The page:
This is an old subject and EVERYBODY should know how to create an Alerting rule that detects a certain event and triggers and alert. However, the way things are laid out in SCOM can make your daily life difficult. Just run in to an issue yesterday that was giving me (more) gray hair.
The requirement was simple: detect abnormal BSOD or power related shutdowns. Easy as pie, right?
The events are fairly easy to pinpoint. Say, for example, event ID 1001:
Cool. All you have to do is create an Alerting rule in SCOM, with this criteria:
Event ID: 1001
Here’s what I’ve experienced. When testing the rule, I run a simple PowerShell command to create a fake event:
Write-EventLog –LogName System –Source “BugCheck” –EntryType Error –EventID 1001 –Message “This is a test message.”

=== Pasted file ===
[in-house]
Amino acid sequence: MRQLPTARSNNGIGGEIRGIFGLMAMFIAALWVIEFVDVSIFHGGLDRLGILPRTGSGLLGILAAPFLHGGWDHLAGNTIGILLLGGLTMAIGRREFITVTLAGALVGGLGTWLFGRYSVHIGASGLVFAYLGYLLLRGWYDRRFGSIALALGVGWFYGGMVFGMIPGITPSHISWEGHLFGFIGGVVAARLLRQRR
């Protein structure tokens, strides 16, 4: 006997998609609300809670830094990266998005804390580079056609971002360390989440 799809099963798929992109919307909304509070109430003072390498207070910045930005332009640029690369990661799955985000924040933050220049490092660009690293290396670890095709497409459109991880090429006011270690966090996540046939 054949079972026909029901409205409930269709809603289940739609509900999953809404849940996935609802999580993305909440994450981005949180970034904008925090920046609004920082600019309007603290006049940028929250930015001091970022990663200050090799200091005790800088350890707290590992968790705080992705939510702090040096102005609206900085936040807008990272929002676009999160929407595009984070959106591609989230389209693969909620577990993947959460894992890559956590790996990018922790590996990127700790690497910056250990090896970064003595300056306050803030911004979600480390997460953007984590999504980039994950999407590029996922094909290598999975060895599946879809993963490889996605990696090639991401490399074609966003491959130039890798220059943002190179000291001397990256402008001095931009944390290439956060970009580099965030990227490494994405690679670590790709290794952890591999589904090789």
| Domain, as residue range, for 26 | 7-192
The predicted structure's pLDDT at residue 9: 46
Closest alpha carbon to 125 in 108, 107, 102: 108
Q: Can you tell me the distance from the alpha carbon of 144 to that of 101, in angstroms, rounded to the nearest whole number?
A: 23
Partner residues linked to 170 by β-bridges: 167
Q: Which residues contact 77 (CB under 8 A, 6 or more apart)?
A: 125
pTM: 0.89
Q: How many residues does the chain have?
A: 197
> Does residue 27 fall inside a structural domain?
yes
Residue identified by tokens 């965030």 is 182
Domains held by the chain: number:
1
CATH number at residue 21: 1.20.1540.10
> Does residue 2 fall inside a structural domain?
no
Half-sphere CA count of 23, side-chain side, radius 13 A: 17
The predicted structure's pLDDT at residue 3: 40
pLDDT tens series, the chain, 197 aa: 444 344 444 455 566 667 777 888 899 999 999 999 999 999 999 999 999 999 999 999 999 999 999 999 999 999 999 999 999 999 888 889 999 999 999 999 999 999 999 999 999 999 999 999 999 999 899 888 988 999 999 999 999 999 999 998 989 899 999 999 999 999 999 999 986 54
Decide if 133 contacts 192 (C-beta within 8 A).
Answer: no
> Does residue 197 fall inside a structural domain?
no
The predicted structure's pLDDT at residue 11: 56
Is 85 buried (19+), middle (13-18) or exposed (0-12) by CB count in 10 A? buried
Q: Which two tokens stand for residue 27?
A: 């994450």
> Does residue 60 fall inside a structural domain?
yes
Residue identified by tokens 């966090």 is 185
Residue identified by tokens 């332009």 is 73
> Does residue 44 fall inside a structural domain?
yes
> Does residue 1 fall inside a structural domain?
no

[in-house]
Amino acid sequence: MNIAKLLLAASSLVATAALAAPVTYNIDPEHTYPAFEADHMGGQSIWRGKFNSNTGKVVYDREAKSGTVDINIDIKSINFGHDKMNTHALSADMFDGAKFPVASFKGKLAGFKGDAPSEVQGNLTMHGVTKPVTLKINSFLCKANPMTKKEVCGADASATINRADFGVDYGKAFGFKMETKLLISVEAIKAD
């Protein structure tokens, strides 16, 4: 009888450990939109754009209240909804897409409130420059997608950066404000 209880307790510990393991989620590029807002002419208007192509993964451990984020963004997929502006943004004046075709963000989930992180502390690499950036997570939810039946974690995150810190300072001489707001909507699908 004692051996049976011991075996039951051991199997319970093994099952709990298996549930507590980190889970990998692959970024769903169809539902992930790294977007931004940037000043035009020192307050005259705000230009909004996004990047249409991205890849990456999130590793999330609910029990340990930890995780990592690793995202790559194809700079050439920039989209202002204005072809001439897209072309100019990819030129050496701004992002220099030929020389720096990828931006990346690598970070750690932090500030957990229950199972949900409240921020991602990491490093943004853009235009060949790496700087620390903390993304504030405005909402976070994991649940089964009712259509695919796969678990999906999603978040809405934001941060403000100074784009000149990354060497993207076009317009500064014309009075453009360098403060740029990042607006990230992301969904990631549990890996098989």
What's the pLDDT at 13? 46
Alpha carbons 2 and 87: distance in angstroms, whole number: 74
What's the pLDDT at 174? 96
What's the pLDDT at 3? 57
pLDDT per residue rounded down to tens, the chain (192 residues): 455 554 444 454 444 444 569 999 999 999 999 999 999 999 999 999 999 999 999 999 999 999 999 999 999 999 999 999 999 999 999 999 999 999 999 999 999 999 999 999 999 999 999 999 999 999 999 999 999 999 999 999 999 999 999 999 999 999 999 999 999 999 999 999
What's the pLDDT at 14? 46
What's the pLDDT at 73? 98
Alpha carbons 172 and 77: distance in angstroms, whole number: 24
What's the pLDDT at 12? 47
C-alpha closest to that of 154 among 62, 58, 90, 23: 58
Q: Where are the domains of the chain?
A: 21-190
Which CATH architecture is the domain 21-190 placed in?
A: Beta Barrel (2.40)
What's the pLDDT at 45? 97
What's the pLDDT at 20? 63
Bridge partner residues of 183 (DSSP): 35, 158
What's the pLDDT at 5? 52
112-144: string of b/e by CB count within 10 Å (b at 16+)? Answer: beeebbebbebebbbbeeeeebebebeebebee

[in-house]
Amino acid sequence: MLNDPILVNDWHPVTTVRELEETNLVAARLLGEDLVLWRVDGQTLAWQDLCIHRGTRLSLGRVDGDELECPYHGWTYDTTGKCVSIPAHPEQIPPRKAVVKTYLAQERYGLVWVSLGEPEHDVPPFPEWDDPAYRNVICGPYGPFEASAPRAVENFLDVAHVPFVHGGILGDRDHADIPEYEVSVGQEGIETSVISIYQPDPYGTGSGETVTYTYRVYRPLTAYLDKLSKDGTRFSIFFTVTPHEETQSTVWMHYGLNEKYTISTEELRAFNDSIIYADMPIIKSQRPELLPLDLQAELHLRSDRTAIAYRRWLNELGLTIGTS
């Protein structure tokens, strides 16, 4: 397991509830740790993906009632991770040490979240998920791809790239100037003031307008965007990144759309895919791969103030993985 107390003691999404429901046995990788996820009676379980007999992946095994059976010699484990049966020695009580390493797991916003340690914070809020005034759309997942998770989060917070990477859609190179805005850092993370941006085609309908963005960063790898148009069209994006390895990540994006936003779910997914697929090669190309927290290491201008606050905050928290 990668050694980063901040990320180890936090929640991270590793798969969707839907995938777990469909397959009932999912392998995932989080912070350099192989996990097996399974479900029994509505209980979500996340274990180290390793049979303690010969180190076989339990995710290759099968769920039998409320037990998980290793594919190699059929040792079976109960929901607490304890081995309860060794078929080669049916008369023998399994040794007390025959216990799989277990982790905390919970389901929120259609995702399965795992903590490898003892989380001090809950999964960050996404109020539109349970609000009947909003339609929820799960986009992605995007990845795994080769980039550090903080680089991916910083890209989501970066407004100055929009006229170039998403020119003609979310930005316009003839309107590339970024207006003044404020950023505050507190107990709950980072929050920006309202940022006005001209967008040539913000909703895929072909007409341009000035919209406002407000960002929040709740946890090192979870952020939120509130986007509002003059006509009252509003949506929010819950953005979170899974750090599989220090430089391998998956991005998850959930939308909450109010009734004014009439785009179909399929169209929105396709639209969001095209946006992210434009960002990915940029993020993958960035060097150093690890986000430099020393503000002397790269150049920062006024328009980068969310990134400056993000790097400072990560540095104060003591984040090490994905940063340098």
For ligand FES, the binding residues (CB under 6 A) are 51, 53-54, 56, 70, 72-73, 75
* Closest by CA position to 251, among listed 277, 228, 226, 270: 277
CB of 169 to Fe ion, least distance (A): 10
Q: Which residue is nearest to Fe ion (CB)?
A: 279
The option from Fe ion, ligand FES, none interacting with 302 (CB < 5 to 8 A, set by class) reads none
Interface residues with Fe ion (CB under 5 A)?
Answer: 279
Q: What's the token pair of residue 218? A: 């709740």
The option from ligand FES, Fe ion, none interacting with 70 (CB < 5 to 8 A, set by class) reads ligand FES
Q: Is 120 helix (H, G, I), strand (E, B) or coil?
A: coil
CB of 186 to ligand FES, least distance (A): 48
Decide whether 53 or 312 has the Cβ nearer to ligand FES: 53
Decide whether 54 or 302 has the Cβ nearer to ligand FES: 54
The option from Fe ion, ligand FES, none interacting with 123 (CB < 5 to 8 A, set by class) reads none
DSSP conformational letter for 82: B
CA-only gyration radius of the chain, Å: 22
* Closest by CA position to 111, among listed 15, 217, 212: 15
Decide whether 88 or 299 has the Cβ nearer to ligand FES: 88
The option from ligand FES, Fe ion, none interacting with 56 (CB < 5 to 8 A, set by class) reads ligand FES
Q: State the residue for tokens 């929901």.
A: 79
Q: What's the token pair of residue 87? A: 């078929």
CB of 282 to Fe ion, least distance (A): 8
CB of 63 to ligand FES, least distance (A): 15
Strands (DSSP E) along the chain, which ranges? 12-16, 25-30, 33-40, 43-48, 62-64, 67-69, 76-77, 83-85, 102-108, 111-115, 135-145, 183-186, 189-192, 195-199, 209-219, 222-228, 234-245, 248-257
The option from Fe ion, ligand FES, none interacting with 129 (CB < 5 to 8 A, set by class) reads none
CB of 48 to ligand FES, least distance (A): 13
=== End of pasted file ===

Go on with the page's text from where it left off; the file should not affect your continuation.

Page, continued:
Event is pretty similar:
That should have triggered my alerts. It didn’t however. Since I have ‘faked’ the event, the message shows me a bit more than just ‘This is a test message.’:
Now, notice this:
Why does it say the source is Microsoft-Windows-WER-SystemErrorReporting when the source is supposed to be “BugCheck”?
So, I’ve decided to change the rule to:
Bingo! Now, the alert was generated correctly. In summary, the source you see in the event log is what SCOM sees when detecting the event. The same applies for Kernel-Power, for example:
Now the reason for that is in the details of the event:
In fact, the EventSourceName is ‘BugCheck’. The Provider Name is considered the souce by SCOM, as you can see above and below:
The way to fix it, if you want to use the EvenSourceName is to use a custom field. Notice SCOM doesn’t provide a native ‘EventSourceName’ option:
You can then use:
And there you have it!
Hope this helps!